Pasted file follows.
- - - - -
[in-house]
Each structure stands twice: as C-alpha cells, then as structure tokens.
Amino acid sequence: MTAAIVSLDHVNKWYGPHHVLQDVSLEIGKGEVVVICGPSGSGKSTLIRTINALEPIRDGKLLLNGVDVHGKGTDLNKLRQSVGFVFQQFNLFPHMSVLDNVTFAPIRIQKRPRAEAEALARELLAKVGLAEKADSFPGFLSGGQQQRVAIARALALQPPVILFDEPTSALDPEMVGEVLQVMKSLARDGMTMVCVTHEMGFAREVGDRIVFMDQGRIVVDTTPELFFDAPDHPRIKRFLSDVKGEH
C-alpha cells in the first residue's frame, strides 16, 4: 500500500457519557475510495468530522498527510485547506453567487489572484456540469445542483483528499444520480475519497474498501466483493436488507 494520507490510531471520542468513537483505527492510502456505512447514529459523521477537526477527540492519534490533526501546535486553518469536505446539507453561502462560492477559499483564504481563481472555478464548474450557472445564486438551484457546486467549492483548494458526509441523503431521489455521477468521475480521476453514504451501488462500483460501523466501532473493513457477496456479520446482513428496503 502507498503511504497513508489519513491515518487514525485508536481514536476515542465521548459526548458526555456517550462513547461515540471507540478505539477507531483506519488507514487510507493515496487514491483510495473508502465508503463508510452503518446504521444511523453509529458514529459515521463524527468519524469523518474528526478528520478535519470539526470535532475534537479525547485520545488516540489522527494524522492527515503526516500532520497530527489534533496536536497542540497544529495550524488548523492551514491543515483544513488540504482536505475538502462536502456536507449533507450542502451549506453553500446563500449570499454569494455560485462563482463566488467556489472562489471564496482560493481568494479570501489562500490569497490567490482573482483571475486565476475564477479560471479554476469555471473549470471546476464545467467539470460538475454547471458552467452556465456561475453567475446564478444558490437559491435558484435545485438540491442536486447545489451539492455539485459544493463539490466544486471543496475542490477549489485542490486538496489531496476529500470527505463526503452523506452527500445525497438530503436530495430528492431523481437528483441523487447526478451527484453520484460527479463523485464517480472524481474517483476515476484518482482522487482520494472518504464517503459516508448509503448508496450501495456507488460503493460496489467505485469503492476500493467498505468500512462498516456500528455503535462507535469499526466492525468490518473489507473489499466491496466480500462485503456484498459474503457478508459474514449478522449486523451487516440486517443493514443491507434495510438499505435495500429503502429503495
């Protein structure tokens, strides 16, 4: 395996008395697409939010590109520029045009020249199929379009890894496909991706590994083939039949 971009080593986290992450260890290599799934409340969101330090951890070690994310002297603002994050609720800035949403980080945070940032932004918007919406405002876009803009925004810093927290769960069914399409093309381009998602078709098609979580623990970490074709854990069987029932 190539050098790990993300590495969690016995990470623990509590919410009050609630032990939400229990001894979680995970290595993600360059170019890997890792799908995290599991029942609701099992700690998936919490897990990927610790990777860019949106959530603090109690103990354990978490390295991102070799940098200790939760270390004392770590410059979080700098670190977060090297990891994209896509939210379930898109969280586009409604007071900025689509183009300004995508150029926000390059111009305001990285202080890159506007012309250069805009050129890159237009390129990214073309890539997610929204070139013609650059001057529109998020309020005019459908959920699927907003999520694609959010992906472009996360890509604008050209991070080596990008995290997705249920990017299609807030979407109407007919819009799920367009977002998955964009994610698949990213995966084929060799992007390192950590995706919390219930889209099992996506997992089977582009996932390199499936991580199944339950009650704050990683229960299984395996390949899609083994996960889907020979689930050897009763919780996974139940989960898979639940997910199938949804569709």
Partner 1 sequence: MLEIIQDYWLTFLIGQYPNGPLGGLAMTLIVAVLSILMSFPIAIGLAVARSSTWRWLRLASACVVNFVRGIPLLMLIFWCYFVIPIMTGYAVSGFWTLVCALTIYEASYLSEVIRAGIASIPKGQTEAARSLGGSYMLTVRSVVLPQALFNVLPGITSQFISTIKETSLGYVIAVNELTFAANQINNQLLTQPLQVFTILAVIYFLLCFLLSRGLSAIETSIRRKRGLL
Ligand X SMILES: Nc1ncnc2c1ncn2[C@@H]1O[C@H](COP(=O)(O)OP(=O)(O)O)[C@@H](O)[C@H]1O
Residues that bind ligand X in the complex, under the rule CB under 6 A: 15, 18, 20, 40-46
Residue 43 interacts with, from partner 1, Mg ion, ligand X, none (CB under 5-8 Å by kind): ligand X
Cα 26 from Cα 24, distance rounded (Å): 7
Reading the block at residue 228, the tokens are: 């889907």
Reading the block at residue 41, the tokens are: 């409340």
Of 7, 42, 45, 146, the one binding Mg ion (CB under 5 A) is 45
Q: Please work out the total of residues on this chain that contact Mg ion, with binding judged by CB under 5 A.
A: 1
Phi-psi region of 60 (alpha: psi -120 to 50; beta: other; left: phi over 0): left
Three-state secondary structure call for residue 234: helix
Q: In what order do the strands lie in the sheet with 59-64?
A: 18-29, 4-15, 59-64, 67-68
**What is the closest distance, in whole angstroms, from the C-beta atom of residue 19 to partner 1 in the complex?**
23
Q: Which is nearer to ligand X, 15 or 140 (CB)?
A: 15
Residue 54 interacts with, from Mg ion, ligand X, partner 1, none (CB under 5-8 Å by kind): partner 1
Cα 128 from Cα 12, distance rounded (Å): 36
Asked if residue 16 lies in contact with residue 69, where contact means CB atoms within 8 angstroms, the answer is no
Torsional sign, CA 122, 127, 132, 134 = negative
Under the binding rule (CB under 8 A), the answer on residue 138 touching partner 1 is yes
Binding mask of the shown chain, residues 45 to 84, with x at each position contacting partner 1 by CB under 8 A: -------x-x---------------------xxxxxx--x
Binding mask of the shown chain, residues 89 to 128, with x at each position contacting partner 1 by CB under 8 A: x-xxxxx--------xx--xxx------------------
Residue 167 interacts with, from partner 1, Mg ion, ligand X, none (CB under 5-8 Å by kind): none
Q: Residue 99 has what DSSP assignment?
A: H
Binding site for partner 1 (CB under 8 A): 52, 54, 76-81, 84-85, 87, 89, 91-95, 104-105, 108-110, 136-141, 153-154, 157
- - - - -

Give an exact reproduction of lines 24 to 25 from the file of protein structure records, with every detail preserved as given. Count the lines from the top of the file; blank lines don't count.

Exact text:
Residue 54 interacts with, from Mg ion, ligand X, partner 1, none (CB under 5-8 Å by kind): partner 1
Cα 128 from Cα 12, distance rounded (Å): 36